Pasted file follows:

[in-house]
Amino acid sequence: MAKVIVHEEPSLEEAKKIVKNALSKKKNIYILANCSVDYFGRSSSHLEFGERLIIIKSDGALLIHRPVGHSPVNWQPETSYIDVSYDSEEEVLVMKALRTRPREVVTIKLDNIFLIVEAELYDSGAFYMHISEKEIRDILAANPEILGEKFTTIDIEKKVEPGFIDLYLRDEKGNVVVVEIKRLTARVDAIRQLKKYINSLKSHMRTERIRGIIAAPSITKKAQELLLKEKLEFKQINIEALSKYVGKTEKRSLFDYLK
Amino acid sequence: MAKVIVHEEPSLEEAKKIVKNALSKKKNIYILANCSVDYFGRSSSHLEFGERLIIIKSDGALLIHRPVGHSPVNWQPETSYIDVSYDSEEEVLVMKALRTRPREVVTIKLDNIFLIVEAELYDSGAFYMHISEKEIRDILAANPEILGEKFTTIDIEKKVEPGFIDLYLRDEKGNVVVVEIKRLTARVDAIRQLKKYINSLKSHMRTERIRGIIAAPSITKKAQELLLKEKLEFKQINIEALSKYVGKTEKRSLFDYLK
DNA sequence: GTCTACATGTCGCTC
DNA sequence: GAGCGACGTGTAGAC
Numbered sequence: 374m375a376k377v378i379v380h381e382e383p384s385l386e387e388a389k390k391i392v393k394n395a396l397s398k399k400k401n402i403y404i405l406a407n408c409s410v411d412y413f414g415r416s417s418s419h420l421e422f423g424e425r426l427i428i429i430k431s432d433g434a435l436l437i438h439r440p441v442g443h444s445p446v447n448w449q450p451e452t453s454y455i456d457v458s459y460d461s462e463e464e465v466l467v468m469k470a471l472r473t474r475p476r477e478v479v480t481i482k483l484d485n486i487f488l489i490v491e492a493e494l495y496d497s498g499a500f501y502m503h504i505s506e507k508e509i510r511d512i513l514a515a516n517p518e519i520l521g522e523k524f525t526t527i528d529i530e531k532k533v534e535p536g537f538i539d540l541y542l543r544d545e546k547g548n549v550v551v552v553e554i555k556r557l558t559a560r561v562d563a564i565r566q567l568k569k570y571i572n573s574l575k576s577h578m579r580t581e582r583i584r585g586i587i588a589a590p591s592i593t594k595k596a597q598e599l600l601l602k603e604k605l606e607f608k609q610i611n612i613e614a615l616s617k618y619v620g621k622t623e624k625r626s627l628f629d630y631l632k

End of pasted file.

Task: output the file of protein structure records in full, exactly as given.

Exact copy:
[in-house]
Amino acid sequence: MAKVIVHEEPSLEEAKKIVKNALSKKKNIYILANCSVDYFGRSSSHLEFGERLIIIKSDGALLIHRPVGHSPVNWQPETSYIDVSYDSEEEVLVMKALRTRPREVVTIKLDNIFLIVEAELYDSGAFYMHISEKEIRDILAANPEILGEKFTTIDIEKKVEPGFIDLYLRDEKGNVVVVEIKRLTARVDAIRQLKKYINSLKSHMRTERIRGIIAAPSITKKAQELLLKEKLEFKQINIEALSKYVGKTEKRSLFDYLK
Amino acid sequence: MAKVIVHEEPSLEEAKKIVKNALSKKKNIYILANCSVDYFGRSSSHLEFGERLIIIKSDGALLIHRPVGHSPVNWQPETSYIDVSYDSEEEVLVMKALRTRPREVVTIKLDNIFLIVEAELYDSGAFYMHISEKEIRDILAANPEILGEKFTTIDIEKKVEPGFIDLYLRDEKGNVVVVEIKRLTARVDAIRQLKKYINSLKSHMRTERIRGIIAAPSITKKAQELLLKEKLEFKQINIEALSKYVGKTEKRSLFDYLK
DNA sequence: GTCTACATGTCGCTC
DNA sequence: GAGCGACGTGTAGAC
Numbered sequence: 374m375a376k377v378i379v380h381e382e383p384s385l386e387e388a389k390k391i392v393k394n395a396l397s398k399k400k401n402i403y404i405l406a407n408c409s410v411d412y413f414g415r416s417s418s419h420l421e422f423g424e425r426l427i428i429i430k431s432d433g434a435l436l437i438h439r440p441v442g443h444s445p446v447n448w449q450p451e452t453s454y455i456d457v458s459y460d461s462e463e464e465v466l467v468m469k470a471l472r473t474r475p476r477e478v479v480t481i482k483l484d485n486i487f488l489i490v491e492a493e494l495y496d497s498g499a500f501y502m503h504i505s506e507k508e509i510r511d512i513l514a515a516n517p518e519i520l521g522e523k524f525t526t527i528d529i530e531k532k533v534e535p536g537f538i539d540l541y542l543r544d545e546k547g548n549v550v551v552v553e554i555k556r557l558t559a560r561v562d563a564i565r566q567l568k569k570y571i572n573s574l575k576s577h578m579r580t581e582r583i584r585g586i587i588a589a590p591s592i593t594k595k596a597q598e599l600l601l602k603e604k605l606e607f608k609q610i611n612i613e614a615l616s617k618y619v620g621k622t623e624k625r626s627l628f629d630y631l632k